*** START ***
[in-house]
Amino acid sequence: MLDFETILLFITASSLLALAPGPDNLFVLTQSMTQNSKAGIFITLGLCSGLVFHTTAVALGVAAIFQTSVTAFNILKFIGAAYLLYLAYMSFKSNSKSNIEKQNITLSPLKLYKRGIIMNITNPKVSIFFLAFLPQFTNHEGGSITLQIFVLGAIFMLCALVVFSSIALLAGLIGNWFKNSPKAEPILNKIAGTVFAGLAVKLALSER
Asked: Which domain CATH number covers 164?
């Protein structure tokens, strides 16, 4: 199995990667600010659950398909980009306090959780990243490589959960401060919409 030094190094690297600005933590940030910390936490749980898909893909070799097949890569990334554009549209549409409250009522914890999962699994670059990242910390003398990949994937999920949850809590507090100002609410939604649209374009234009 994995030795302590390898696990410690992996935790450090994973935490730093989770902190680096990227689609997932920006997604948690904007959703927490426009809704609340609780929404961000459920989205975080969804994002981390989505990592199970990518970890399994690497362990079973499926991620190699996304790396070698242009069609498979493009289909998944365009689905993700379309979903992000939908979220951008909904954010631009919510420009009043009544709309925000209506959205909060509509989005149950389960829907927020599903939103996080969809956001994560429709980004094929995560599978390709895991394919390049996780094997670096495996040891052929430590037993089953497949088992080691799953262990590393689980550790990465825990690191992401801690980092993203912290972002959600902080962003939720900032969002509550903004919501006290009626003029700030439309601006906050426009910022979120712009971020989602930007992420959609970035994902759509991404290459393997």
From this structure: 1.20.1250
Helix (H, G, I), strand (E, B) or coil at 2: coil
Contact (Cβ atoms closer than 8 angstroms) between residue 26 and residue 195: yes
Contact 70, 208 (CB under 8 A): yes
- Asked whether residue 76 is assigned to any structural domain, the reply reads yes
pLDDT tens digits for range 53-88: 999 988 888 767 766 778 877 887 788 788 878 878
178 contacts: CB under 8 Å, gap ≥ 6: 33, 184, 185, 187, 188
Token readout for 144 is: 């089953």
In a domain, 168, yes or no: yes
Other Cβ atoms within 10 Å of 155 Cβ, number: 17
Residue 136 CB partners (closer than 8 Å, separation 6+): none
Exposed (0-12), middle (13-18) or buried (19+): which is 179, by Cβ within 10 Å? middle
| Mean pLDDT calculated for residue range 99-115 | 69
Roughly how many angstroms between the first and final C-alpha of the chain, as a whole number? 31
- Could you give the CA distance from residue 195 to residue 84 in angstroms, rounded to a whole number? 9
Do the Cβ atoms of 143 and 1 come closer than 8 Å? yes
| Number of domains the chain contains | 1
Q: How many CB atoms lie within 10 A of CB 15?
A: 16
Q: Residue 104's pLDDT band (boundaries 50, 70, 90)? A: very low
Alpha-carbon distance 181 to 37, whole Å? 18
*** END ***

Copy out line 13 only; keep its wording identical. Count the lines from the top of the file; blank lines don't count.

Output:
In a domain, 168, yes or no: yes